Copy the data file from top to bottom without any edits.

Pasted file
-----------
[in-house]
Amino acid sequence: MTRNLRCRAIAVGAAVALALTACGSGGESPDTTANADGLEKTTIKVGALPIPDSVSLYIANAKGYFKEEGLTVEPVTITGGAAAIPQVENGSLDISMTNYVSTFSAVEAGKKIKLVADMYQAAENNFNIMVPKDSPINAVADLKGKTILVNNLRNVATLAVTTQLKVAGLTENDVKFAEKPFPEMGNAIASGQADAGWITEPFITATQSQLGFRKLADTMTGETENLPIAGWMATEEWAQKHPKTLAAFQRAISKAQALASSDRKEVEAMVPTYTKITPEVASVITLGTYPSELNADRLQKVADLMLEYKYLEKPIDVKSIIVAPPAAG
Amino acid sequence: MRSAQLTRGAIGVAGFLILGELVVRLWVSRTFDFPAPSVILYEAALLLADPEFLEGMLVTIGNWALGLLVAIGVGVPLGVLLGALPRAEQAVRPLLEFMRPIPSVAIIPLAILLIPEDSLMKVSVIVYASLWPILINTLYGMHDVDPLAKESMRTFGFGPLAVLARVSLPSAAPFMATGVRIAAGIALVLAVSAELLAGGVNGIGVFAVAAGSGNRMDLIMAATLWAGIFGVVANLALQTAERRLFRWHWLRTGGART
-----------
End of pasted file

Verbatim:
[in-house]
Amino acid sequence: MTRNLRCRAIAVGAAVALALTACGSGGESPDTTANADGLEKTTIKVGALPIPDSVSLYIANAKGYFKEEGLTVEPVTITGGAAAIPQVENGSLDISMTNYVSTFSAVEAGKKIKLVADMYQAAENNFNIMVPKDSPINAVADLKGKTILVNNLRNVATLAVTTQLKVAGLTENDVKFAEKPFPEMGNAIASGQADAGWITEPFITATQSQLGFRKLADTMTGETENLPIAGWMATEEWAQKHPKTLAAFQRAISKAQALASSDRKEVEAMVPTYTKITPEVASVITLGTYPSELNADRLQKVADLMLEYKYLEKPIDVKSIIVAPPAAG
Amino acid sequence: MRSAQLTRGAIGVAGFLILGELVVRLWVSRTFDFPAPSVILYEAALLLADPEFLEGMLVTIGNWALGLLVAIGVGVPLGVLLGALPRAEQAVRPLLEFMRPIPSVAIIPLAILLIPEDSLMKVSVIVYASLWPILINTLYGMHDVDPLAKESMRTFGFGPLAVLARVSLPSAAPFMATGVRIAAGIALVLAVSAELLAGGVNGIGVFAVAAGSGNRMDLIMAATLWAGIFGVVANLALQTAERRLFRWHWLRTGGART